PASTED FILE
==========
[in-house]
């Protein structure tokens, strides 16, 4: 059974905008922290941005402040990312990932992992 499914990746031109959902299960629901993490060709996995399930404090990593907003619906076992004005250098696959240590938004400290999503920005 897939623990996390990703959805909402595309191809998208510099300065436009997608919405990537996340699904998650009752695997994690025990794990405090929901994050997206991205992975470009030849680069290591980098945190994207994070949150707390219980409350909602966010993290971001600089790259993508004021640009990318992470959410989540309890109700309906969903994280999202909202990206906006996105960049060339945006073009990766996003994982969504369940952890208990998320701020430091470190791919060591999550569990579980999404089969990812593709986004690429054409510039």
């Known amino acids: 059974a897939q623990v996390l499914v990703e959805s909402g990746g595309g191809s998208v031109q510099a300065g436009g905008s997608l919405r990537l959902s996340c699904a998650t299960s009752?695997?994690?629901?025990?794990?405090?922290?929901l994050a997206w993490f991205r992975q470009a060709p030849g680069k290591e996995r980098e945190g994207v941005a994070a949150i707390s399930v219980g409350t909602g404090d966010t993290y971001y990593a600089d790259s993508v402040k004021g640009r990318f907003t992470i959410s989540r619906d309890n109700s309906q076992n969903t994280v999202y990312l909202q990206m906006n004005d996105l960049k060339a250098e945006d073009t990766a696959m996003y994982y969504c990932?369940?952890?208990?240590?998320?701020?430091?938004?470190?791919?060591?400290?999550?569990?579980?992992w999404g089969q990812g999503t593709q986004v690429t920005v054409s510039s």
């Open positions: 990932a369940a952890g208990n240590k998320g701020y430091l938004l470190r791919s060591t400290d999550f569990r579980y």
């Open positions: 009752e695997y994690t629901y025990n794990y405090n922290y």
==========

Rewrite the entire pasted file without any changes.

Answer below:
[in-house]
């Protein structure tokens, strides 16, 4: 059974905008922290941005402040990312990932992992 499914990746031109959902299960629901993490060709996995399930404090990593907003619906076992004005250098696959240590938004400290999503920005 897939623990996390990703959805909402595309191809998208510099300065436009997608919405990537996340699904998650009752695997994690025990794990405090929901994050997206991205992975470009030849680069290591980098945190994207994070949150707390219980409350909602966010993290971001600089790259993508004021640009990318992470959410989540309890109700309906969903994280999202909202990206906006996105960049060339945006073009990766996003994982969504369940952890208990998320701020430091470190791919060591999550569990579980999404089969990812593709986004690429054409510039």
């Known amino acids: 059974a897939q623990v996390l499914v990703e959805s909402g990746g595309g191809s998208v031109q510099a300065g436009g905008s997608l919405r990537l959902s996340c699904a998650t299960s009752?695997?994690?629901?025990?794990?405090?922290?929901l994050a997206w993490f991205r992975q470009a060709p030849g680069k290591e996995r980098e945190g994207v941005a994070a949150i707390s399930v219980g409350t909602g404090d966010t993290y971001y990593a600089d790259s993508v402040k004021g640009r990318f907003t992470i959410s989540r619906d309890n109700s309906q076992n969903t994280v999202y990312l909202q990206m906006n004005d996105l960049k060339a250098e945006d073009t990766a696959m996003y994982y969504c990932?369940?952890?208990?240590?998320?701020?430091?938004?470190?791919?060591?400290?999550?569990?579980?992992w999404g089969q990812g999503t593709q986004v690429t920005v054409s510039s």
């Open positions: 990932a369940a952890g208990n240590k998320g701020y430091l938004l470190r791919s060591t400290d999550f569990r579980y």
């Open positions: 009752e695997y994690t629901y025990n794990y405090n922290y």